I have an old Raleigh from 1969 with a "AW three speed hub". It is the type of gear hub with oil cap. I ordered a bottle of "Finish Line Ceramic Wet Lube"; after reading about the additives and how silent it can make the chain run I had to try it. I wondered if teflon and ceramic (boron nitride) in a synthetic oil would be be worth testing in the hub too. There might be an advantage to the basic mineral oil usually adviced for older hubs with the oiling cap. If it isn't too sticky or to thin I am very tempted to clean out the hub and add this (to me at least) new type oil.
Any idea if it could mess up anything in there?
You can get a replacement hub for less than $100-; after that is a simple matter of rebuild the wheel. I am sure that they would like your money for a new replacement hub.
"Clean out the hub" - so you are going to take it completely apart, clean it with a solvent, then re-lubricate it? Make sure that you remove EVERY molecule of the old lube, as the old and new may react in a very undesirable manner.
Chains and gears have different lubrication requirements, what works well for chains can damage gears.
I presume sythetic oil should work fine, at least after a general cleaning. I mean, they go from regular mineral oil to the new type synthetic all the time in cars? What the hub might benefit from it is debatable though, but I read others have done it with out immediate adverse effect at least. So yet another thing to worry about?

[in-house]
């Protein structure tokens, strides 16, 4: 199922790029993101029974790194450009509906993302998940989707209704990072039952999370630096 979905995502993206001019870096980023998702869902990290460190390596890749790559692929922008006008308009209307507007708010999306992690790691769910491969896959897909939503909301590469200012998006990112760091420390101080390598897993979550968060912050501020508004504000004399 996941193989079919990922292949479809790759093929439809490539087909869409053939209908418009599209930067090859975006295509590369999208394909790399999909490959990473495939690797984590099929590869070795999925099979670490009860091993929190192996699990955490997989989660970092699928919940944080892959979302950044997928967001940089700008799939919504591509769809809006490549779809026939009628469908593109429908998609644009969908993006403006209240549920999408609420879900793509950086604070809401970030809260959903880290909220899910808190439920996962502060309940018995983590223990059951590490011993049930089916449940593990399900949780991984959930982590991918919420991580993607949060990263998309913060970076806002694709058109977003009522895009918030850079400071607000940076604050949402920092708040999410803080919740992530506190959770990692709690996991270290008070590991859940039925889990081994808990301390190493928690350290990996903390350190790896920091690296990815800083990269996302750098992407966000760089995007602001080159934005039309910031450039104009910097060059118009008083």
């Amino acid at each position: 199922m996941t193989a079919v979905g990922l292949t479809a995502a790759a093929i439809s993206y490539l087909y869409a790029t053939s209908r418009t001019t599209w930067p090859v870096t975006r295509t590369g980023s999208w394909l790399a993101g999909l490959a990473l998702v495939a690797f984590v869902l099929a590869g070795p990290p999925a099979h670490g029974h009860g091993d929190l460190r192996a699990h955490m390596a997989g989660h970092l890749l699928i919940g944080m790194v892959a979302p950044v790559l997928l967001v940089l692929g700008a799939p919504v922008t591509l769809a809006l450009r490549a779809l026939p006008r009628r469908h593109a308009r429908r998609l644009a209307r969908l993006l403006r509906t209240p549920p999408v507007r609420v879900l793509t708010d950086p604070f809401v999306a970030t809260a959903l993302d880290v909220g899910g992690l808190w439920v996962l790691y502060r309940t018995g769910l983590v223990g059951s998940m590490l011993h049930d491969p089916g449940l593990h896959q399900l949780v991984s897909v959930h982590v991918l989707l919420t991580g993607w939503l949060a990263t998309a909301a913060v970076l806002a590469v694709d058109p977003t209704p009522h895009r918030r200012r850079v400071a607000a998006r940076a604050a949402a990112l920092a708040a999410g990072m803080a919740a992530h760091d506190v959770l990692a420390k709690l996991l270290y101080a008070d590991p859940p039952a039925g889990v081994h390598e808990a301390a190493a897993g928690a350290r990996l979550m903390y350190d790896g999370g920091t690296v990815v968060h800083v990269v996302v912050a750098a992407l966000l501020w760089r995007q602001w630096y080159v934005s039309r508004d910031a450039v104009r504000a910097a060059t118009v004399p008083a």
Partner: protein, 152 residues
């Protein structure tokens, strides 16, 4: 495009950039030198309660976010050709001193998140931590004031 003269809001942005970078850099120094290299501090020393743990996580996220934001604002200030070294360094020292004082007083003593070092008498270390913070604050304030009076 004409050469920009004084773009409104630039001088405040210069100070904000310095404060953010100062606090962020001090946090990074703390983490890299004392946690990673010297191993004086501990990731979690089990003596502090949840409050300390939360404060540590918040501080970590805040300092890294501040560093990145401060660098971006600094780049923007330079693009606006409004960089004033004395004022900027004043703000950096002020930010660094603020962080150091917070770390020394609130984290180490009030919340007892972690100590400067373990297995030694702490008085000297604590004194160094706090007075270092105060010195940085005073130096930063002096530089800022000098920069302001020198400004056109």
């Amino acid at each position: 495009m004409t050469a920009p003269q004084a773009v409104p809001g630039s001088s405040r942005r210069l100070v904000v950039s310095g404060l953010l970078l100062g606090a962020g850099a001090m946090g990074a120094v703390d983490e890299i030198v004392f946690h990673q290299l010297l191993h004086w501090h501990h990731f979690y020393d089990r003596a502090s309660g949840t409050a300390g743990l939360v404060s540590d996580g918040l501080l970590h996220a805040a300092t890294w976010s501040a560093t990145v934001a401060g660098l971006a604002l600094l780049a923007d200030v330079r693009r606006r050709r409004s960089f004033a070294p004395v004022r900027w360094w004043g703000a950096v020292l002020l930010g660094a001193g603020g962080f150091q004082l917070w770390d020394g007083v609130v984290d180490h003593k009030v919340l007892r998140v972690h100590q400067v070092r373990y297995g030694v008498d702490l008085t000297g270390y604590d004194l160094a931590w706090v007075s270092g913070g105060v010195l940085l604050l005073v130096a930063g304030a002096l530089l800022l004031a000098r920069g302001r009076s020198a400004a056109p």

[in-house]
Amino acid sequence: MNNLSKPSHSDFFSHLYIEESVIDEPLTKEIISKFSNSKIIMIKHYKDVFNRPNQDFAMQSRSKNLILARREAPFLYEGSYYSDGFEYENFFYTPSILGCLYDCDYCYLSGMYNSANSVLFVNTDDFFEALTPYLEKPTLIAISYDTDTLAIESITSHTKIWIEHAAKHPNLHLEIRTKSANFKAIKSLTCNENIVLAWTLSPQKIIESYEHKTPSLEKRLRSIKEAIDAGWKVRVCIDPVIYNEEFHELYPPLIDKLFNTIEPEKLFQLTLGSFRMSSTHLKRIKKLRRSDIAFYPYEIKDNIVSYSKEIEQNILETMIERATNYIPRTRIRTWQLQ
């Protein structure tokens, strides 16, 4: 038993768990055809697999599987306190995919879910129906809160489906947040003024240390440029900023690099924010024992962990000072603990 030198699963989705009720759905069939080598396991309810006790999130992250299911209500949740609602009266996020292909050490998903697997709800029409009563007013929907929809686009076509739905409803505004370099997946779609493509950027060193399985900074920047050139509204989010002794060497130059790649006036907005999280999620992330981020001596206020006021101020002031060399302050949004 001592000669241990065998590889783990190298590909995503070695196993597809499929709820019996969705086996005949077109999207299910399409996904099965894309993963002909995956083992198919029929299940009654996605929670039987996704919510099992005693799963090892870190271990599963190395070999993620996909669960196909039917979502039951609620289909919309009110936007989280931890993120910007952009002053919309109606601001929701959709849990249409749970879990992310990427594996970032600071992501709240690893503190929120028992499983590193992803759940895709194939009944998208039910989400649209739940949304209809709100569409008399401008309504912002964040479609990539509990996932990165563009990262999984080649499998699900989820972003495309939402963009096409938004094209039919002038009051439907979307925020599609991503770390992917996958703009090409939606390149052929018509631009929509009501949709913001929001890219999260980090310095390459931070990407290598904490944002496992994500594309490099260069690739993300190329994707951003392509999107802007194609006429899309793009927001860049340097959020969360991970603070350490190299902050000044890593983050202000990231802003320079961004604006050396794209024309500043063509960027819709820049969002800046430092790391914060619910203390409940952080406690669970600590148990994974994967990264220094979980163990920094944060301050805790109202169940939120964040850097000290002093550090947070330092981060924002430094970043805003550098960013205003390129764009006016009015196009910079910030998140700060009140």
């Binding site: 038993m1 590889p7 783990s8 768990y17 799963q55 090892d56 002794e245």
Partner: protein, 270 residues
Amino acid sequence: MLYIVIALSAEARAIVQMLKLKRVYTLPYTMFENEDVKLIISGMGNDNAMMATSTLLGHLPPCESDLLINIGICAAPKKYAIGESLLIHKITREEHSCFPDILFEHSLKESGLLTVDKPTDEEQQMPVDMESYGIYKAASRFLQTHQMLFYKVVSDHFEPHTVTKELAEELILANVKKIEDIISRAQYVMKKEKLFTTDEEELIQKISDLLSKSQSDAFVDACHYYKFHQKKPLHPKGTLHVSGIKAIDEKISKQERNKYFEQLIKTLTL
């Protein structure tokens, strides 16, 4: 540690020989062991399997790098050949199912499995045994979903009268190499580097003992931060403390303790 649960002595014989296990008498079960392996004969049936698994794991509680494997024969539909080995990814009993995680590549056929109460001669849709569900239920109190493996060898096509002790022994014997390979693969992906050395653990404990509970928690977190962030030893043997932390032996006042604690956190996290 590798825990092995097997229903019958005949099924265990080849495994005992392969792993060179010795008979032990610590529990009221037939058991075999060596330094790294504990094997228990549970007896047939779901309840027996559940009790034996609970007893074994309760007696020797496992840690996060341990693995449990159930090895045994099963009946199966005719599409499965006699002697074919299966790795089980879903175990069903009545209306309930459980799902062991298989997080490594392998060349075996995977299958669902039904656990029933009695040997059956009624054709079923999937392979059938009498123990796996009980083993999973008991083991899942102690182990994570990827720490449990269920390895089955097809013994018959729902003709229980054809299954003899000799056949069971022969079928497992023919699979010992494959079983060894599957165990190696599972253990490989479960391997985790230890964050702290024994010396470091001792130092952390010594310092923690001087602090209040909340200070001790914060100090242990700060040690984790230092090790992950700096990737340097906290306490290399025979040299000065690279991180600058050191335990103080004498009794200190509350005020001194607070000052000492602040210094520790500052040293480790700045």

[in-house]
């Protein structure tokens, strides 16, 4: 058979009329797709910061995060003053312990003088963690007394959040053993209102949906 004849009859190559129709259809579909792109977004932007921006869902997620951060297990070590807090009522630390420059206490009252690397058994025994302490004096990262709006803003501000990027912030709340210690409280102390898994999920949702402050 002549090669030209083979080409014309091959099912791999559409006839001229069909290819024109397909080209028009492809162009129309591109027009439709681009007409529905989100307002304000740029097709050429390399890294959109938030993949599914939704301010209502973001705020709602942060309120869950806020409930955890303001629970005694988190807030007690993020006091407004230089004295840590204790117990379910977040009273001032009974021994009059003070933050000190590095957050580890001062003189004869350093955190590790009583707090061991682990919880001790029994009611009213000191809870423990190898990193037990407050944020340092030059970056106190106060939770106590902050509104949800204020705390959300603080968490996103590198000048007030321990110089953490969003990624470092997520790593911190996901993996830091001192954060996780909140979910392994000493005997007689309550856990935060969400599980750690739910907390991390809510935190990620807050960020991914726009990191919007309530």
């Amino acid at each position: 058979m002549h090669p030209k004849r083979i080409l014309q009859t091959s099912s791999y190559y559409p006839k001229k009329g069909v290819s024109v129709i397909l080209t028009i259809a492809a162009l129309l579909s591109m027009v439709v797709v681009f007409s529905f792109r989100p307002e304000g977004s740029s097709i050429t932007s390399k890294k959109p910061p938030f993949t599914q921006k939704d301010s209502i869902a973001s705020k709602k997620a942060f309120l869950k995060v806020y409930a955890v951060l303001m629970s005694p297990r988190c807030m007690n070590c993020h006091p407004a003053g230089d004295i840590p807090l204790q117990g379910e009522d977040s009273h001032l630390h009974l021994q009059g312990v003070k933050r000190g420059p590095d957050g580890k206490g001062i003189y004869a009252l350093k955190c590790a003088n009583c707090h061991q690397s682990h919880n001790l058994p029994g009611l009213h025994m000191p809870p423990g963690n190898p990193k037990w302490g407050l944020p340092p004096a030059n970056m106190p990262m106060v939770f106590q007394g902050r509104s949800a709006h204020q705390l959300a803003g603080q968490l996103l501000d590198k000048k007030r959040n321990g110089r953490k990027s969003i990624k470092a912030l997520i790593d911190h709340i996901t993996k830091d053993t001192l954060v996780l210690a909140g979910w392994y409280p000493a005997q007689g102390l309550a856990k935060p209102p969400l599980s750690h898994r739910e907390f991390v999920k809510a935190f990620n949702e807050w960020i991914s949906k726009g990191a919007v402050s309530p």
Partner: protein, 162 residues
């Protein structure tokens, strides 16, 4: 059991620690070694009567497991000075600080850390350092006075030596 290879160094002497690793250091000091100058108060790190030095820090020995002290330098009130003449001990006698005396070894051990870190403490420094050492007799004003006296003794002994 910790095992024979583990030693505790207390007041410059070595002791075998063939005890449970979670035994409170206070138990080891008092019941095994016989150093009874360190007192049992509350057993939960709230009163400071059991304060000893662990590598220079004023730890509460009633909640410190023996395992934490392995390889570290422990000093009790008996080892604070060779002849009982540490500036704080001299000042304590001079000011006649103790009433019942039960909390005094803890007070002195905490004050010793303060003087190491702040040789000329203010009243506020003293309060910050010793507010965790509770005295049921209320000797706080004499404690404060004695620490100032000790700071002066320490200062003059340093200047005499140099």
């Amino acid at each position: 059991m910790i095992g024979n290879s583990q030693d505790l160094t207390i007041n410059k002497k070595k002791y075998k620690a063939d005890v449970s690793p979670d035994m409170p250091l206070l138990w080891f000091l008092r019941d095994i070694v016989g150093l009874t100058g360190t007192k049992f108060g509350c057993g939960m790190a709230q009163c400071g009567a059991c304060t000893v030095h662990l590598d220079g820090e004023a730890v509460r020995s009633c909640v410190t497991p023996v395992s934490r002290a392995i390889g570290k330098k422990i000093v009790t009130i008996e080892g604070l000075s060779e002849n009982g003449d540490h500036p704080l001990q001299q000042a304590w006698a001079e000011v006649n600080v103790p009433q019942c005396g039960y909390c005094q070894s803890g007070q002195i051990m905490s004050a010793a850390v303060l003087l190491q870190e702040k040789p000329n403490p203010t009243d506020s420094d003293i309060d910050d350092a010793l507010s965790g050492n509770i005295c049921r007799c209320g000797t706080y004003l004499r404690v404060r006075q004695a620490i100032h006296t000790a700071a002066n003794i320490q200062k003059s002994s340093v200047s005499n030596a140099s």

Cleaning out every molecule is out of the question, but I could disassemble, clean and reasseble the AW 3 speed. The easy way would be to dip the entire internal assebly in white sprit, hexane or something like that. It is the simpler type hub gear, not like the 7 or 8 geared ones.
I've had no problem with teflon/PTFE in the past, but ceramic boron nitride is new to me. I have no idea what it is really. The maker says it coats the metal surface, but being hard, smooth ceramic particles, I initially thought it might grind down internal parts in stead of coating and lessening friction; at least if something went wrong. If the oil is too sticky, or too dry it might affect the tiny pawls. I would hate to ruin a perfectly good 1969 hub though.
I'm still reading up on the different types of oils, regular, synthetic, bio, and the different additives used. There is quite a lot available. I don't know that much about lubricating really, and have usually used very basic stuff, simple mineral oils, sometimes with added antirust agets, and teflon. My posts are more like thinking out loud on the subject. If you have any experience with the different varieties, or any further thoughts on the subject, any replies would be very much appreciated :- )